Spiritual Meaning of GENESIS 13:5
AC 1562. Verse 5. And Lot also, who went with Abram, had flock and herd, and tents. "And Lot also, who went with Abram," signifies the external man that was in the Lord’ "had flock and herd, and tents," signifies those things in which the external man abounds; "flock and herd" are the external man‘s possessions; "tents" are his worship: these things were separating themselves from the internal man.
AC 1563. And Lot also, who went with Abram. That this signifies the external man that was in the Lord, is evident from the representation of Lot, as being the sensuous man, or what is the same, the external man. That there is an internal and an external in every man, or what is the same, that man is internal and external, is known to every one within the church (n. 978, 994, 995, 1015). The external man receives its life principally from the internal man, that is, from the spirit or soul. Thence comes its very life in general; but this life cannot be received in its particulars, or distinctly, by the external man, unless its organic vessels are opened, which must be the recipients of the particulars and the singulars of the internal man. These organic vessels, which are to be the recipients, are not opened except by means of the senses, especially those of hearing and sight; and, as they are opened, the internal man can flow in with its particulars and singulars. They are opened with the senses as the media, by means of knowledges (scientifica et cognitiones), and also by means of pleasures and delights; those belonging to the understanding by means of knowledges, and those belonging to the will by means of pleasures and delights.
 From these things it may be seen that it must necessarily happen that such knowledges as cannot agree with spiritual truths will insinuate themselves into the external man; and that such pleasures and delights will insinuate themselves as cannot agree with celestial goods; as is the case with all those things which regard corporeal, worldly, and earthly things as the ends; which, when regarded as ends, draw the external man outward and downward, and so remove it from the internal man. Wherefore, unless such things are first dispersed, the internal man cannot possibly agree with the external; so that before the internal man can agree with the external, such things must first be removed. That with the Lord these things were removed or separated, is represented and signified by the separation of Lot from Abram.
AC 1564. Had flock and herd, and tents. That this signifies the things with which the external man abounds, is evident from the signification of "flock," "herd," and "tents," explained just below. They here signify the possessions of the external man; for by Lot, as before said, is represented the Lord’s external man. There are two classes of possessions in the external man, namely, such as can agree with the internal, and such as cannot agree. By "flock, herd, and tents" are here signified those things which cannot agree, as is evident from what follows--" and there was strife between the herdmen of Abram‘s cattle and the herdmen of Lot’s cattle" (verse 7).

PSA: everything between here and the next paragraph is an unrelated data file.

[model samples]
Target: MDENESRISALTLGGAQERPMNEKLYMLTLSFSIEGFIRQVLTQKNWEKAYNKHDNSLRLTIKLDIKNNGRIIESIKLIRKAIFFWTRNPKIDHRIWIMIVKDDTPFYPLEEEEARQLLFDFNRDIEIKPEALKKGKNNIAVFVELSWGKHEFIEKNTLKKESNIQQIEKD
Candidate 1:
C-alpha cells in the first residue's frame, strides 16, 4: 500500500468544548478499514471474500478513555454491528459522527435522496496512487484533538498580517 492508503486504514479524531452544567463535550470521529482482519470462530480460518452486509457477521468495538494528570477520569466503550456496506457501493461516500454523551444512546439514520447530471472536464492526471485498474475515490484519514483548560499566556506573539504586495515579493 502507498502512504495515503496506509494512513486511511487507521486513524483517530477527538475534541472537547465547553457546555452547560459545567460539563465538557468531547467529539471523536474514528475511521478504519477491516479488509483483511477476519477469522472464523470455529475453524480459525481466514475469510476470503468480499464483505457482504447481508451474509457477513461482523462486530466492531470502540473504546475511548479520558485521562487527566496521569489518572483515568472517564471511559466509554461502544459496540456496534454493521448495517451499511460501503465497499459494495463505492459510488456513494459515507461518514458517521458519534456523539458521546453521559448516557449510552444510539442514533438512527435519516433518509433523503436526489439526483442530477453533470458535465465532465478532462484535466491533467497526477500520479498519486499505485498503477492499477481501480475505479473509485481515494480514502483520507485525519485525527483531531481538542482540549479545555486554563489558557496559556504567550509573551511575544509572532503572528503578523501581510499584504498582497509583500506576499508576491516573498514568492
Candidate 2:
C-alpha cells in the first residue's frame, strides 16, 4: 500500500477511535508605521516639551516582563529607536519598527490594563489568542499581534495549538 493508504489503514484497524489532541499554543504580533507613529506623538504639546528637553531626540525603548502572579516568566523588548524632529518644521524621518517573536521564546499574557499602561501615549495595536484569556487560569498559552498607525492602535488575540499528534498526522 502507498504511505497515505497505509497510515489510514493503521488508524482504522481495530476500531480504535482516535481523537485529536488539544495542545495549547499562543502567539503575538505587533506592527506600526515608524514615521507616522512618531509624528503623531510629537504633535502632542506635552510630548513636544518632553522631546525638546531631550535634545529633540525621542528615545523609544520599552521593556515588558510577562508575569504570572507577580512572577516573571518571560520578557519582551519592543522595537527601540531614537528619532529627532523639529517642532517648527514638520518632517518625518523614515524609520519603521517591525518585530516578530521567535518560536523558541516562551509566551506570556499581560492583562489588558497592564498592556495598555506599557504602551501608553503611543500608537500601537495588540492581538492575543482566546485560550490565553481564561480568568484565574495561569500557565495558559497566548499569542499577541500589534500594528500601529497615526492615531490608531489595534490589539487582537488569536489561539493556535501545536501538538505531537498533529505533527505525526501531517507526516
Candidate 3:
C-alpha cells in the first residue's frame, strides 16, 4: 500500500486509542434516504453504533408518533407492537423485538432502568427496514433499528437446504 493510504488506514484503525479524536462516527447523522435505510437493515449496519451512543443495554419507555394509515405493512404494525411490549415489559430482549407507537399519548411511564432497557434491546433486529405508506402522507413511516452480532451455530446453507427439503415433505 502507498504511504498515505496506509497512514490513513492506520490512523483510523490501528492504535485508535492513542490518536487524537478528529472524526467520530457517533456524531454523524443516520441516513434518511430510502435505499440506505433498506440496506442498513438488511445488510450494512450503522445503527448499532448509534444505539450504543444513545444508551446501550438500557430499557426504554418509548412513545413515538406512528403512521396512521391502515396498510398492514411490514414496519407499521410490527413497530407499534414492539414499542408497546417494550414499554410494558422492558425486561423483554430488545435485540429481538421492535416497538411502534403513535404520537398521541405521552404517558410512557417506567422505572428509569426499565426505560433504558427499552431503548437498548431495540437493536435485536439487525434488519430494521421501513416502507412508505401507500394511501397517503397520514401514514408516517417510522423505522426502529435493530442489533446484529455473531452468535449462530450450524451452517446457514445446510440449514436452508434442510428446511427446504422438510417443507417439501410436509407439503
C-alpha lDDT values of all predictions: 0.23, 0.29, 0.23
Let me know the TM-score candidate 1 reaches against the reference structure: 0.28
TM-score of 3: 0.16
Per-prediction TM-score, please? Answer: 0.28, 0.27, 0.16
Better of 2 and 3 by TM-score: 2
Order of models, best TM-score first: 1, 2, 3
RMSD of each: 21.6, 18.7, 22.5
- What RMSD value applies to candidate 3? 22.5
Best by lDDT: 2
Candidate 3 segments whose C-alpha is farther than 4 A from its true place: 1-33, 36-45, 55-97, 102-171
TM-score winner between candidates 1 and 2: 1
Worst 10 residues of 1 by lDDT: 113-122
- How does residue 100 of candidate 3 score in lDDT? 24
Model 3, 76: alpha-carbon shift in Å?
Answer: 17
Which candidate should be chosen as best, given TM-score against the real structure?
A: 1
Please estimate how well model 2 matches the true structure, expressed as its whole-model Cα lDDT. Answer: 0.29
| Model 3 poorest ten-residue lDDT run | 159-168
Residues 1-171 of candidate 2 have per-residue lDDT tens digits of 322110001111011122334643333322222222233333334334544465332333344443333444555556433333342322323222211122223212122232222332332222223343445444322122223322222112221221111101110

AC 1565. That "flock and herd" signify the possessions of the external man, is evident from the signification of "flock" and "herd," as being goods (n. 343 and 415); but here they signify things that are to be separated, and thus things that are not good, because they are attributed to Lot, who was being separated from Abram. That "flock" and "herd" signify also things not good, is evident from the following passages of the Word. In Zephaniah:--
I will destroy thee, that there shall be no inhabitant. And the sea coast shall be habitations dug out for shepherds, and folds for a flock (Zephaniah 2:5, 6).
I will disperse in thee the shepherd and the flock; and I will disperse in thee the husbandman and his yoke (Jeremiah 51:23).
In the same:--
Go ye up to Arabia, and lay waste the sons of the east; their tents and their flocks shall they take (Jeremiah 49:28, 29).
AC 1566. That "tents" are the worship of that which was separating itself from the internal, is evident from the signification of "tent," as being the holy of worship (n. 414); and also from the representation of Lot, as being the external man, of which "tents"--or worship--are predicated. That in the opposite sense "tents" signify worship not holy, is also evident from the following passages of the Word. In Hosea:--
The nettle shall inherit them; thorns shall be in their tents (Hosea 9:6).
I saw the tents of Cushan; the curtains of the land of Midian were greatly moved; Jehovah was angry against the rivers (Habakkuk 3:7, 8).
Shepherds with their flocks shall come unto the daughter of Zion; they shall pitch tents against her round about; they shall feed down every one his space (Jeremiah 6:3).
He smote all the firstborn in Egypt, the beginning of strength in the tents of Ham (Ps. 78:51).
In the same:--
I had rather stand at the threshold in the house of my God, than to dwell in the tents of wickedness (Ps. 84:10).
|Author: E. Swedenborg (1688-1772).||Design: I.J. Thompson, Feb 2002.||www.BibleMeanings.info|